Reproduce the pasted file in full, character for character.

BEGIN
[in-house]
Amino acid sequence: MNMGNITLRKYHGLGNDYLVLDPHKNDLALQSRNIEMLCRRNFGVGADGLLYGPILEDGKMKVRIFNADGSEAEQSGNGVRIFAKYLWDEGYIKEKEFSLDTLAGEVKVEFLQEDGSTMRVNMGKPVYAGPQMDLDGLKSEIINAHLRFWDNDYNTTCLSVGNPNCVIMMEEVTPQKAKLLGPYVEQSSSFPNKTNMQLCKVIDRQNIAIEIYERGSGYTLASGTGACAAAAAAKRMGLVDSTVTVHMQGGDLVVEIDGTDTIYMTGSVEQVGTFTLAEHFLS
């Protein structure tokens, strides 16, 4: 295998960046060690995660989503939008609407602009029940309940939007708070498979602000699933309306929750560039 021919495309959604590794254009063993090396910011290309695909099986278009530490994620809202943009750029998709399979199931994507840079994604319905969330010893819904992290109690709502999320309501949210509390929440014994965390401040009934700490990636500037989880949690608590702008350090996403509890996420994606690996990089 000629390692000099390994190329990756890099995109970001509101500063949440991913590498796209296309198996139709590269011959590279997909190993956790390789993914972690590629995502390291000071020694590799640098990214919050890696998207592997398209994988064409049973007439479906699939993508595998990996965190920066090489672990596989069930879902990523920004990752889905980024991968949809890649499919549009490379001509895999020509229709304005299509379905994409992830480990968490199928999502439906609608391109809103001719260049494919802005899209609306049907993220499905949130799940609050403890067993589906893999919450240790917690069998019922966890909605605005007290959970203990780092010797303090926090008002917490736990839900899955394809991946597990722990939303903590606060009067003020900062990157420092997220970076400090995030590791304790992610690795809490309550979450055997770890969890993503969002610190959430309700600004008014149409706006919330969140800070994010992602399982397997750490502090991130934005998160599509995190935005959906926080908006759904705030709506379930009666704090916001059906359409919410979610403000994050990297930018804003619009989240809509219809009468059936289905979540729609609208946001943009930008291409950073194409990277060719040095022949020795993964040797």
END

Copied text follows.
[in-house]
Amino acid sequence: MNMGNITLRKYHGLGNDYLVLDPHKNDLALQSRNIEMLCRRNFGVGADGLLYGPILEDGKMKVRIFNADGSEAEQSGNGVRIFAKYLWDEGYIKEKEFSLDTLAGEVKVEFLQEDGSTMRVNMGKPVYAGPQMDLDGLKSEIINAHLRFWDNDYNTTCLSVGNPNCVIMMEEVTPQKAKLLGPYVEQSSSFPNKTNMQLCKVIDRQNIAIEIYERGSGYTLASGTGACAAAAAAKRMGLVDSTVTVHMQGGDLVVEIDGTDTIYMTGSVEQVGTFTLAEHFLS
């Protein structure tokens, strides 16, 4: 295998960046060690995660989503939008609407602009029940309940939007708070498979602000699933309306929750560039 021919495309959604590794254009063993090396910011290309695909099986278009530490994620809202943009750029998709399979199931994507840079994604319905969330010893819904992290109690709502999320309501949210509390929440014994965390401040009934700490990636500037989880949690608590702008350090996403509890996420994606690996990089 000629390692000099390994190329990756890099995109970001509101500063949440991913590498796209296309198996139709590269011959590279997909190993956790390789993914972690590629995502390291000071020694590799640098990214919050890696998207592997398209994988064409049973007439479906699939993508595998990996965190920066090489672990596989069930879902990523920004990752889905980024991968949809890649499919549009490379001509895999020509229709304005299509379905994409992830480990968490199928999502439906609608391109809103001719260049494919802005899209609306049907993220499905949130799940609050403890067993589906893999919450240790917690069998019922966890909605605005007290959970203990780092010797303090926090008002917490736990839900899955394809991946597990722990939303903590606060009067003020900062990157420092997220970076400090995030590791304790992610690795809490309550979450055997770890969890993503969002610190959430309700600004008014149409706006919330969140800070994010992602399982397997750490502090991130934005998160599509995190935005959906926080908006759904705030709506379930009666704090916001059906359409919410979610403000994050990297930018804003619009989240809509219809009468059936289905979540729609609208946001943009930008291409950073194409990277060719040095022949020795993964040797």